she had known she was selling herself short ever since november, yet she hated the thought of letting go of someone perfect for her. she was finally tired enough to try to digest that he would never love her, that she could accommodate him in every way she was capable and he would still slip away. she had reached a point where she would let him go, where she had so little free time that she could not waste it on him.

Tomato

Ever since Tomato began to move, he was taught etiquette. He learned to address strangers, and ask for unreachable things behind the counter, and say no with kindness. He took a liking to grammar and company that brought complexity to the conversation. He may have abandoned the sturdiness of his roots, compelled to veer towards the heat and light, but he still carried himself so that everyone knew he was raised well.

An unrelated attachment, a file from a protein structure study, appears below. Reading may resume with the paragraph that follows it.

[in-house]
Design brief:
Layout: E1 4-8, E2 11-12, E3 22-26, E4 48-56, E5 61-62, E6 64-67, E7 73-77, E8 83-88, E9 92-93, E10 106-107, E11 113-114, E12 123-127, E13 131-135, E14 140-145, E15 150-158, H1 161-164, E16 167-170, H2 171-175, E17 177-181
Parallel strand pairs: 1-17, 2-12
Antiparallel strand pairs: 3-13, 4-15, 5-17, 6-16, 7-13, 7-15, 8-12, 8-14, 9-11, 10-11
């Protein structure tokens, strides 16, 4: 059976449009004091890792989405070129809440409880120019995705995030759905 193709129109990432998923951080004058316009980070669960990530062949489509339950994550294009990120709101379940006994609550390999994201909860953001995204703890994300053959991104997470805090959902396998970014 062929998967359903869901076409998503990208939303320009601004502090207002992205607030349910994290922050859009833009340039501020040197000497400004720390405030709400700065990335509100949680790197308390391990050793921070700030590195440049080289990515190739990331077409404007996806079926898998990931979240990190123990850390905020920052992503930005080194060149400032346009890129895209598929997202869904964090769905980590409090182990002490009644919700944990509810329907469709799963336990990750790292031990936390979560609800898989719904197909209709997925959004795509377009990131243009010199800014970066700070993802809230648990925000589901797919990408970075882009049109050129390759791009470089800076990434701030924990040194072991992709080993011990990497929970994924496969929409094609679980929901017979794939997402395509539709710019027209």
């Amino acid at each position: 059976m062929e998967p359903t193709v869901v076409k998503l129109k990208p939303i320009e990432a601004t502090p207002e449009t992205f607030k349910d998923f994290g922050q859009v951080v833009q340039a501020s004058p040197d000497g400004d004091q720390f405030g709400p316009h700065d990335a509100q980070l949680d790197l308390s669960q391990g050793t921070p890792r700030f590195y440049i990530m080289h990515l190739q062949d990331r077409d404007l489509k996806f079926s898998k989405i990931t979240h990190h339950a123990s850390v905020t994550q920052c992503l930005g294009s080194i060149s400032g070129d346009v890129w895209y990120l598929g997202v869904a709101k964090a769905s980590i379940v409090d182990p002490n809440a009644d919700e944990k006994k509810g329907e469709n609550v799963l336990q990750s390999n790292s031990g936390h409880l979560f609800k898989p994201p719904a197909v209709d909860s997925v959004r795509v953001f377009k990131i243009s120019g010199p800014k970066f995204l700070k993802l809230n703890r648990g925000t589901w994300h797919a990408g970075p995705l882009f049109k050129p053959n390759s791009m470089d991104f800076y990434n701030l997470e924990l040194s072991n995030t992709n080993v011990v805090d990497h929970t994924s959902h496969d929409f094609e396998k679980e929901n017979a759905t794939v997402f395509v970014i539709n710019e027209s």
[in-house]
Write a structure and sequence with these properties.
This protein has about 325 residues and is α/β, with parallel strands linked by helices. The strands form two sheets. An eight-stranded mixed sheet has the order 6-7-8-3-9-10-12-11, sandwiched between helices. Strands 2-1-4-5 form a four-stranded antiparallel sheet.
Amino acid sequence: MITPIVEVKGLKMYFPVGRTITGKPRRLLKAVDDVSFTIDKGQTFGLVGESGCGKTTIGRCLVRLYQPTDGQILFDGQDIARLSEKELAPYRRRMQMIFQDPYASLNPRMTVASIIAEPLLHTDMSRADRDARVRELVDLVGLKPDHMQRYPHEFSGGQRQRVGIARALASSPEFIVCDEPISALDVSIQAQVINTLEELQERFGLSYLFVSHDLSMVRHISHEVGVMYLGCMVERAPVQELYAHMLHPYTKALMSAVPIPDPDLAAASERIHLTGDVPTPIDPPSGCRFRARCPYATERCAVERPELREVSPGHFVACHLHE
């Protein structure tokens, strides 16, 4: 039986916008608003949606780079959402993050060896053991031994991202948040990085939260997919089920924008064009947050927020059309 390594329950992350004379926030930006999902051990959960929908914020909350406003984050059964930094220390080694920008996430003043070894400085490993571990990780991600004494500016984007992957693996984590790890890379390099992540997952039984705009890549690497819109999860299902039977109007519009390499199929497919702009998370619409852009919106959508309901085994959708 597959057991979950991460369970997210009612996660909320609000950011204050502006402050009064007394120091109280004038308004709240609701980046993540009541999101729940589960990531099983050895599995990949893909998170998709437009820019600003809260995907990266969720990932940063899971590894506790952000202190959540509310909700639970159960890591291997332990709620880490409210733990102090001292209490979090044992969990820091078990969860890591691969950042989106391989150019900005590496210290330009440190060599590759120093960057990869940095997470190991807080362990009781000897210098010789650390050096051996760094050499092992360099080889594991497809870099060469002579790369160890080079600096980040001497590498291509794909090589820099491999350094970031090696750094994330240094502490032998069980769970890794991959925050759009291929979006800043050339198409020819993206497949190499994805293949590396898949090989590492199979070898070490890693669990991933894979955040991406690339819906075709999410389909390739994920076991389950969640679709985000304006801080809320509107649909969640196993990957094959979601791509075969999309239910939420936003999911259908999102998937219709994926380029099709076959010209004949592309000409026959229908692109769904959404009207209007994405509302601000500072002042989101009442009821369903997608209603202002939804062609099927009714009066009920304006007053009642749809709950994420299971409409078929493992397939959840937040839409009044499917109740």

Upon finding a house….

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Part One: The Norridgewock Farmhouse, 1983

My father always says that he fell in love with the Norridgewock house because of the row of maple trees out front. The barn had collapsed, an outhouse was still attached to the house, and due to poor insulation, the previous owners only lived in part of the house during the winter. Every part of the house from the cellar to the roof needed work. It was the first house that a caravan of young prospective homebuyers looked at that day, and my parents decide it was the only one they needed to see.

None of my parents’ Massachusetts-living friends and relatives could understand the logic behind buying a ram shackled old house in Central Maine. My Dziadziu, my dad’s father who has constructed several houses and done all the work himself, found the conditions particularly appalling and vowed to help.